Kevin Smith and Walt Flanagan reunite for another Batman story, The Widening Gyre. I like Kevin Smith. I like his sense of humor. There are a lot of things Smith gets right in this story, but unfortunately the negatives outweigh the positives.
A new superhero comes to Gotham wearing a wooden goat mask, calling himself “Baphomet,” and kicking evil-doer ass, giving Batman the idea that this might be the man he’s been looking for to replace him and let Batman retire. Meanwhile Silver St Cloud re-enters Bruce Wayne’s life after her husband’s death, and the two begin a whirlwind relationship. But who is Baphomet and why has he suddenly appeared to take down Batman’s Rogues Gallery?
“Gyre” is a mixed bag for me – there’s plenty of action but not a strong enough plot to say this is a great Batman book. For example, there are a lot of old Batman villains that get aired for a few pages before being taken down again – Baron Blitzkrieg, Etrigan, Cornelius Stirk, Black Spider, and Crazy Quilt all get some face time.
Now I don’t mind the retro flashbacks that Smith added with the tongue-in-cheek dialogue. It’s a nice homage to a bygone era of Batman comics and it’s clearly coming from a place of genuine love and nostalgia. Smith isn’t holding back with these elements as it’s a nice tip of the hat to what’s come before. It also provides a nice contrast to the more grim present day events. I imagine a lot of fans are rolling their eyes at stuff like Batman calling Robin “chum” and pointing to it as evidence that Smith doesn’t “get” Batman – but I’d argue the opposite.
There are moments in the dialogue where you definitely start to hear Smith’s voice instead of Batman’s, but for the most part he does an admirable job rejecting Miller’s no-nonsense, hard-boiled interpretation (particularly in the voice over sections). One of the most controversial elements seems to be including moments like the sandwich and the revelation that Batman wet himself during one of Year One’s most pivotal and iconic moments. I agree that Batman pissing his pants is a bit much (though Smith does love defending this), but I actually thought the more subtle attempts at humanizing Batman were sort of interesting.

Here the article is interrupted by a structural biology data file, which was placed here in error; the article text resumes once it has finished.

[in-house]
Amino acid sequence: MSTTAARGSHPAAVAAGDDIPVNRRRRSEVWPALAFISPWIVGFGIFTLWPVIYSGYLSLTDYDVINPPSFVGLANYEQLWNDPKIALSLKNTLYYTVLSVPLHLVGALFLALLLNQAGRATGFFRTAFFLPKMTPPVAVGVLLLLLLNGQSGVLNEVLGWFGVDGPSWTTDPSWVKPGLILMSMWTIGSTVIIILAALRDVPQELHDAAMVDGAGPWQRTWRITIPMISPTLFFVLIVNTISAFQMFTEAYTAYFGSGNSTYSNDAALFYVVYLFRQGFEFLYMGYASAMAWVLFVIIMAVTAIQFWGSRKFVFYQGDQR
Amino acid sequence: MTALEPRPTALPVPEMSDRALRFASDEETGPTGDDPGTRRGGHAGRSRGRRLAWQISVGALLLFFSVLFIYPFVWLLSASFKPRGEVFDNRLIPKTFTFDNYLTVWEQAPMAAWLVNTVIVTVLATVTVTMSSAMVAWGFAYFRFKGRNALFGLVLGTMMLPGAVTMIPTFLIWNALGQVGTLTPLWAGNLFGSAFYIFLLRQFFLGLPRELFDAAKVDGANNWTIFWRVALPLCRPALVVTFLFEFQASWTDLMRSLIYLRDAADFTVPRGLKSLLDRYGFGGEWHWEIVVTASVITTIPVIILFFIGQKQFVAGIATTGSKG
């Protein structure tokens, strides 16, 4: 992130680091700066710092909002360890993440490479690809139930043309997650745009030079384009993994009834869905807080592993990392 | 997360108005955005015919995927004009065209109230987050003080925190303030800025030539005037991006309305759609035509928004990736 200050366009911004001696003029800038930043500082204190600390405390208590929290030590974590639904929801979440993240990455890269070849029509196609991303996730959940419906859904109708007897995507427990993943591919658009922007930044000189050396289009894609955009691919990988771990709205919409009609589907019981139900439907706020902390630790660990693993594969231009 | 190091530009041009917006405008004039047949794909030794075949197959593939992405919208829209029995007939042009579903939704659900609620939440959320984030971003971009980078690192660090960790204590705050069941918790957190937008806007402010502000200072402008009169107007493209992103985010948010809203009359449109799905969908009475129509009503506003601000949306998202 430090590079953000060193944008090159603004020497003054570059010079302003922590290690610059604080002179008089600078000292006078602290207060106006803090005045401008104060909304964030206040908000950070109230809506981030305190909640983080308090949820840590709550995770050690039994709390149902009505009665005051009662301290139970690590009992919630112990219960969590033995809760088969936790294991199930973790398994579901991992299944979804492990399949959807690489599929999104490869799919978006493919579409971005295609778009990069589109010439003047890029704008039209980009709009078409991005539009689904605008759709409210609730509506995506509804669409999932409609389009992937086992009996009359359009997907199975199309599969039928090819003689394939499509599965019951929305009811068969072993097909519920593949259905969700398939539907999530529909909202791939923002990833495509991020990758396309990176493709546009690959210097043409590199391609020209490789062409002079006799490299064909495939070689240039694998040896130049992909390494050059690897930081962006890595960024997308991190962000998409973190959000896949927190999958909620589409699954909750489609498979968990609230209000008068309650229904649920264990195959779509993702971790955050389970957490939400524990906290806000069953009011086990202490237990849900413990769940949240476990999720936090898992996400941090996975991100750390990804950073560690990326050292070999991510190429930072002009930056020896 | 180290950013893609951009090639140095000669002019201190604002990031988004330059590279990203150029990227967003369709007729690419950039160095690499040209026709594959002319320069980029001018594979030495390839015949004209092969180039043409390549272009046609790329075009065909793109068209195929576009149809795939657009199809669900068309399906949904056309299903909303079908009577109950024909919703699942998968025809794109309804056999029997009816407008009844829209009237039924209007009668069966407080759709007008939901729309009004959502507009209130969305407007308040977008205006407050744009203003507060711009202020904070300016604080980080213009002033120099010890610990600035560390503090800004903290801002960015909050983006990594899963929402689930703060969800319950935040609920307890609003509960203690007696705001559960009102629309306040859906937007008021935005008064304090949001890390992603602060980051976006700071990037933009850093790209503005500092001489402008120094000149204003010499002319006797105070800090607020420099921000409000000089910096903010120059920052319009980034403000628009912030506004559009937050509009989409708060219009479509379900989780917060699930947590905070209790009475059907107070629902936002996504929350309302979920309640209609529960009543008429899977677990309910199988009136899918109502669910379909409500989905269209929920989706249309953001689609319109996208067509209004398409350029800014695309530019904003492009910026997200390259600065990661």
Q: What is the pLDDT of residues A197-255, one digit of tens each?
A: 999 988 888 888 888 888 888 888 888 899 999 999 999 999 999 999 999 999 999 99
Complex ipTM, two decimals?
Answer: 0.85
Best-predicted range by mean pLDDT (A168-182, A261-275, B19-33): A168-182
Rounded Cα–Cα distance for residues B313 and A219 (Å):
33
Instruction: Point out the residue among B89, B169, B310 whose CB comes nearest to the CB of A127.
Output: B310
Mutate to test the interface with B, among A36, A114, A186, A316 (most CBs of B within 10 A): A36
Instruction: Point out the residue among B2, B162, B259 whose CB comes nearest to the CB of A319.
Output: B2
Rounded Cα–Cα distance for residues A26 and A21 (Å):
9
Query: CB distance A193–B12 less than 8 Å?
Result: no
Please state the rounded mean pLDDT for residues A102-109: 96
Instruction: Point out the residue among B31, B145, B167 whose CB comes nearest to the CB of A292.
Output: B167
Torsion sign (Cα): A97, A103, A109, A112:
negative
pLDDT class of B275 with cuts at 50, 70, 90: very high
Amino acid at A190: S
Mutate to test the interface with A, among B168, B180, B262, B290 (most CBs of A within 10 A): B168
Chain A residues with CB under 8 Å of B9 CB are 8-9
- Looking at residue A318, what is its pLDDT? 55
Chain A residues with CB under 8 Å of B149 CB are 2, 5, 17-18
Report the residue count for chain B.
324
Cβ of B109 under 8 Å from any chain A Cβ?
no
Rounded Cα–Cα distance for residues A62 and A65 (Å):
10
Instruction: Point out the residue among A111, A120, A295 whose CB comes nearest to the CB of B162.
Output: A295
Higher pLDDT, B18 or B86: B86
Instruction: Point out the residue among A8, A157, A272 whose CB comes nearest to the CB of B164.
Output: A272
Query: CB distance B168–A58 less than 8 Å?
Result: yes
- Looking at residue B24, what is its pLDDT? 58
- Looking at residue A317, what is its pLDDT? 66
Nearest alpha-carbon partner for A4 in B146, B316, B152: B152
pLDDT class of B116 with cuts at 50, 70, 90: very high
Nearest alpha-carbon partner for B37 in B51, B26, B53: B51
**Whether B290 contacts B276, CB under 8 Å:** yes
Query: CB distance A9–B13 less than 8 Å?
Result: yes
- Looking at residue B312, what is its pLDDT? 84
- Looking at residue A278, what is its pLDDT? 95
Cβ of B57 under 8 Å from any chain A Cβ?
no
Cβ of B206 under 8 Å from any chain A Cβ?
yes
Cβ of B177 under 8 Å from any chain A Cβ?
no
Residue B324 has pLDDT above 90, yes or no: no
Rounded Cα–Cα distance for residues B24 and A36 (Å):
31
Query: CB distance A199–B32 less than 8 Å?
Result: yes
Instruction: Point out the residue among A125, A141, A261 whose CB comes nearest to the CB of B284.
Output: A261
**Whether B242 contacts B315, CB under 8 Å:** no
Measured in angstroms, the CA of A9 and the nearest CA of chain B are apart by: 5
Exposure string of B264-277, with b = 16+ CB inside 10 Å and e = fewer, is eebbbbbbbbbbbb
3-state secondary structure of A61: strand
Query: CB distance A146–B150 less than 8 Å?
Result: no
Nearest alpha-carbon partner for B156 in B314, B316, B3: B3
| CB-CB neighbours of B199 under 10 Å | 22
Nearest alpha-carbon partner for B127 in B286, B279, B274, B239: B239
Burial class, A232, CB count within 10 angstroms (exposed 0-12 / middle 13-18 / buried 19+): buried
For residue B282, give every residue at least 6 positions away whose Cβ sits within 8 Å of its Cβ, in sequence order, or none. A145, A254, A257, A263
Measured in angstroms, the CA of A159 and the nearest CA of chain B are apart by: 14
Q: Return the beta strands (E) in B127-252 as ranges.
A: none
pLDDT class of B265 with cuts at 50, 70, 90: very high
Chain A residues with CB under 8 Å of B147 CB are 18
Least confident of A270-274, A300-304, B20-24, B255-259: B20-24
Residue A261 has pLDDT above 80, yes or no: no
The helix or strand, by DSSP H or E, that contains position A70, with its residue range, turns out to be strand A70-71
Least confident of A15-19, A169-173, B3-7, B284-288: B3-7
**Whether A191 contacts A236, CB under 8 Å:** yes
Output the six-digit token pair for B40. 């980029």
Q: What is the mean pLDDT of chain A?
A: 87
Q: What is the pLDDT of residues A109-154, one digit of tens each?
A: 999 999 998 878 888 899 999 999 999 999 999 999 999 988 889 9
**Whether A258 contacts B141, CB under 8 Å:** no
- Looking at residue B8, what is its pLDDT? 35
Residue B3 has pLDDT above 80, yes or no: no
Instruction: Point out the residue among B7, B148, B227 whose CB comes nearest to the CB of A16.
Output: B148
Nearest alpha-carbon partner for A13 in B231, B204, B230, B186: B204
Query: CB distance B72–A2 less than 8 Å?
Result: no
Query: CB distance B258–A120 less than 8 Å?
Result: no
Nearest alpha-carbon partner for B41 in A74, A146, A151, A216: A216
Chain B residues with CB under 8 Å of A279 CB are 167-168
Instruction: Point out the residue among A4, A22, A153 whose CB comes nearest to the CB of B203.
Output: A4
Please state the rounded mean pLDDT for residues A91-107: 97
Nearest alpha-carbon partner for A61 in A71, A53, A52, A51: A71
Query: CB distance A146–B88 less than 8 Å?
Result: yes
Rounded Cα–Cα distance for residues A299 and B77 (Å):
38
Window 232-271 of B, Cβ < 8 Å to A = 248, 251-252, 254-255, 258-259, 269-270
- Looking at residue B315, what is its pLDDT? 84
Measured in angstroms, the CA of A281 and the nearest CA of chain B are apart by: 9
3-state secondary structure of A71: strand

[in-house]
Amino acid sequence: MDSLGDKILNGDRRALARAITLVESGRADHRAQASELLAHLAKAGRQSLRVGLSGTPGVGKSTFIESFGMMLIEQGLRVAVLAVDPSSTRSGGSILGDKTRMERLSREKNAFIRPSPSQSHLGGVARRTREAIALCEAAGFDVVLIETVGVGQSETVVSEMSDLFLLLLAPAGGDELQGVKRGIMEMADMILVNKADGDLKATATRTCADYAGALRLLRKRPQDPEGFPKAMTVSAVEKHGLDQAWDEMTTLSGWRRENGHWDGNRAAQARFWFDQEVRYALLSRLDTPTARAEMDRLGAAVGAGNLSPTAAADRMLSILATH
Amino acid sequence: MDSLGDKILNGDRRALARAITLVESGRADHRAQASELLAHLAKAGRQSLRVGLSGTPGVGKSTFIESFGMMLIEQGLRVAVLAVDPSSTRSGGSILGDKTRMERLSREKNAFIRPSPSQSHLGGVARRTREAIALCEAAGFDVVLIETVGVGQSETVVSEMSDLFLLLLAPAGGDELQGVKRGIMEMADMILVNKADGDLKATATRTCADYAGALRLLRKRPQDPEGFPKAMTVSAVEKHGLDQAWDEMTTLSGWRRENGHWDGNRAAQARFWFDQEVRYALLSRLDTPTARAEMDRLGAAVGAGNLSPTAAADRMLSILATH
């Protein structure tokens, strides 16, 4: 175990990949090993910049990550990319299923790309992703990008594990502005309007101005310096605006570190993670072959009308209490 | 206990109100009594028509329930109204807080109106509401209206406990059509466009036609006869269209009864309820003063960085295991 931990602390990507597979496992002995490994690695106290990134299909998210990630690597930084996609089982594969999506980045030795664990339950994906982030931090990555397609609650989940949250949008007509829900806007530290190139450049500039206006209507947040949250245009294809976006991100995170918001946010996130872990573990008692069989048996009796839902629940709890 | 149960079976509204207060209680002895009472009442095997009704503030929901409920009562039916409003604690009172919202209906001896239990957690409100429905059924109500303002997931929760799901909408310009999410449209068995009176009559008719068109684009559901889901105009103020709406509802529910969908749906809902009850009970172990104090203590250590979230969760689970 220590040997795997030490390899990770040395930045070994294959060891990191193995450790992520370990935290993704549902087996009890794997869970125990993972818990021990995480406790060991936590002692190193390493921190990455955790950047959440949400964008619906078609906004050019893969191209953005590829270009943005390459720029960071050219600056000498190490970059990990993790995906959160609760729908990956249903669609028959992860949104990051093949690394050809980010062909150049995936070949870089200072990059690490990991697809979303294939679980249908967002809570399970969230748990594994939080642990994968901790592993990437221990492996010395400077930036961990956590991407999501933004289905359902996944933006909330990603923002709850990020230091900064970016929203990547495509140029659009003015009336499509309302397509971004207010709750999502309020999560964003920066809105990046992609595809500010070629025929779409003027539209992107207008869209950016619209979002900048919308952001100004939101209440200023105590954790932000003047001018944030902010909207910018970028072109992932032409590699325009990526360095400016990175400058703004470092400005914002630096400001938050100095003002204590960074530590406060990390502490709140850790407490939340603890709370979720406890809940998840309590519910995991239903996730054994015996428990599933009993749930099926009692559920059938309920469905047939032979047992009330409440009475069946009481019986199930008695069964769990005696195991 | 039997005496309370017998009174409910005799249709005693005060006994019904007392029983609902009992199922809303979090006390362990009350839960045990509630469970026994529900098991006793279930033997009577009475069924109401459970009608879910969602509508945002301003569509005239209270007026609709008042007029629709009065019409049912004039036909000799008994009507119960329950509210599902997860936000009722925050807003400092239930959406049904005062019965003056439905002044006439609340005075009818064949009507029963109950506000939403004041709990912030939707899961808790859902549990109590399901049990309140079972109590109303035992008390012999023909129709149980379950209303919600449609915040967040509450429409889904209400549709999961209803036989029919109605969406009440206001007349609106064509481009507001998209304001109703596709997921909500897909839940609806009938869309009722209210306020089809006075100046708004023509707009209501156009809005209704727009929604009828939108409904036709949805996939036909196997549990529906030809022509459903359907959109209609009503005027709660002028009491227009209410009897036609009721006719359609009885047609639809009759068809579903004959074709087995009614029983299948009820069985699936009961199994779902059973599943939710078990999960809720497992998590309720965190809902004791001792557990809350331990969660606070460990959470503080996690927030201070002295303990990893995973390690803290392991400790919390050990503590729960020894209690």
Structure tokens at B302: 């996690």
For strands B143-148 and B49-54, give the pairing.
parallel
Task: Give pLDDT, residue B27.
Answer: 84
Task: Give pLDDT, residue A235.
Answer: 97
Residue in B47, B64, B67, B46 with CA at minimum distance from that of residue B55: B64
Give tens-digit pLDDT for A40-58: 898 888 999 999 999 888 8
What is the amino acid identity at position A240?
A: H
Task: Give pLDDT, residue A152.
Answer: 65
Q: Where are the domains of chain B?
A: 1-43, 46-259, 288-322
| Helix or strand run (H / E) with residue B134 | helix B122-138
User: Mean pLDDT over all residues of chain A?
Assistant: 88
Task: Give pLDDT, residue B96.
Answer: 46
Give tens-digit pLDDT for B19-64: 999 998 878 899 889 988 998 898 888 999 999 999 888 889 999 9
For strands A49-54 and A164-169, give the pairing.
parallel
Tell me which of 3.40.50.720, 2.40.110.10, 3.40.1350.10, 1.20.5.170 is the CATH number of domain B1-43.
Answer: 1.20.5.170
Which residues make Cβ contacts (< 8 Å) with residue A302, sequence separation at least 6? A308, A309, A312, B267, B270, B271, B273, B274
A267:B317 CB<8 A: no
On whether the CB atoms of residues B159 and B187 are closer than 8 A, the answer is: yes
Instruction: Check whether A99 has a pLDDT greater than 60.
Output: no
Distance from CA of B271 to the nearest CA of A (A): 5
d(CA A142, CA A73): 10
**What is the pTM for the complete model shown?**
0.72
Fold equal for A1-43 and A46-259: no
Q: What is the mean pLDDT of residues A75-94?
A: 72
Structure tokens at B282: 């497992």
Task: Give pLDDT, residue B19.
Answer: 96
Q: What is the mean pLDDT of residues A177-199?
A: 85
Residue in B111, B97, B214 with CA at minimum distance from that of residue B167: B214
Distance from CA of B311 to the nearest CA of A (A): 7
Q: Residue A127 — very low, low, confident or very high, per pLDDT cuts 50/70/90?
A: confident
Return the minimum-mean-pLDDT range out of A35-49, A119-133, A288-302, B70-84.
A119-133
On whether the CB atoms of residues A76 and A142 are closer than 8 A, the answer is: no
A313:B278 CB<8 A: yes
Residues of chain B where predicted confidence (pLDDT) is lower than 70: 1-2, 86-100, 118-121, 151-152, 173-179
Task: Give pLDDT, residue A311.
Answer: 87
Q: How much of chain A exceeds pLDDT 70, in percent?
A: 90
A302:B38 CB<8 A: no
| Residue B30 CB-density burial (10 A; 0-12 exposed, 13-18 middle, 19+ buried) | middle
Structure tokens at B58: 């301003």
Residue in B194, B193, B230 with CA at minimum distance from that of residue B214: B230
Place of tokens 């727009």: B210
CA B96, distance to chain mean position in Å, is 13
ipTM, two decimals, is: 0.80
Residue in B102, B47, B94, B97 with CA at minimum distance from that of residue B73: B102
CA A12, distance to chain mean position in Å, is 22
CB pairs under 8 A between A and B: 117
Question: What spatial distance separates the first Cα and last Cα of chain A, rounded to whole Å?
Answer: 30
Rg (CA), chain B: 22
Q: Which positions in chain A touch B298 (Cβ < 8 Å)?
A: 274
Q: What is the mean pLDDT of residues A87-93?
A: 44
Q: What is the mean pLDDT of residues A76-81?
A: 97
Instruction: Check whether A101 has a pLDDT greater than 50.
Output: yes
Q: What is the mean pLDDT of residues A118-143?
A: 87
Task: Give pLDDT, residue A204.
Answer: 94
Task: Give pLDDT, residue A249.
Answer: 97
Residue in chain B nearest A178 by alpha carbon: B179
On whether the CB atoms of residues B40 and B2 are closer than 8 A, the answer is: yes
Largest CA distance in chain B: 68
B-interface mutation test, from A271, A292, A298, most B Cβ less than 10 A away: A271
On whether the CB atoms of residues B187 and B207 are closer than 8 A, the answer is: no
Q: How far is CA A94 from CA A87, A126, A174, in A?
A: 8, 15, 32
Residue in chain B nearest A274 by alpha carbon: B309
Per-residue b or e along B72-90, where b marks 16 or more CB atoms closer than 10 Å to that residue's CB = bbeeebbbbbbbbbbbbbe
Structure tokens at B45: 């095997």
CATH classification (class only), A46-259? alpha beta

The artwork is… well, it’s pretty bad. I did not like Flanagan’s work in Cacophony either. The proportions are way off most of the time. Facial features change dramatically from panel-to-panel, and people bend and move in ways that look utterly ridiculous. Flanagan is actually a pretty skilled visual storyteller, and the layout of the panels and their angles is often very clever – it’s just the basics of human anatomy that he needs to work on. It’s really distracting and often robs a scene of whatever dramatic weight it’s supposed to have.
My biggest issue with the story, though, is its treatment of the female characters. Silver St. Cloud doesn’t remotely feel like the same person she was in the classic Englehart runs. Here she’s a school girl with a crush, not a woman in love. She looks and sounds like a teenie bopper at a boy band concert.
Catwoman fares no better. I just don’t buy her as “the other woman”. Selina Kyle is way too strong and stubborn for the sort of behavior she displays here. Even if she were this jealous of Bruce’s relationship, those feelings would probably manifest themselves in a completely different (and more passive-aggressive) manor than what happens here. Smith makes Kyle seem desperate, whiny, insecure, and rather pathetic. Their relationship is so much more complicated.
The Baphomet story is the interesting piece of the puzzle, though he de-masks early on and it’s nobody from Batman’s past that’s relevant. In fact, it’s kind of a red herring, but I don’t want to spoil it for you.
I like the themes Smith is skimming the surface of here and I don’t think The Widening Gyre is the train wreck a lot of detractors would like you to believe it is, but the fact is there are much better Batman stories out there. It’s not a total misfire, not even close, but for me it was more than a little disappointing. JQ gives this book a 5/10.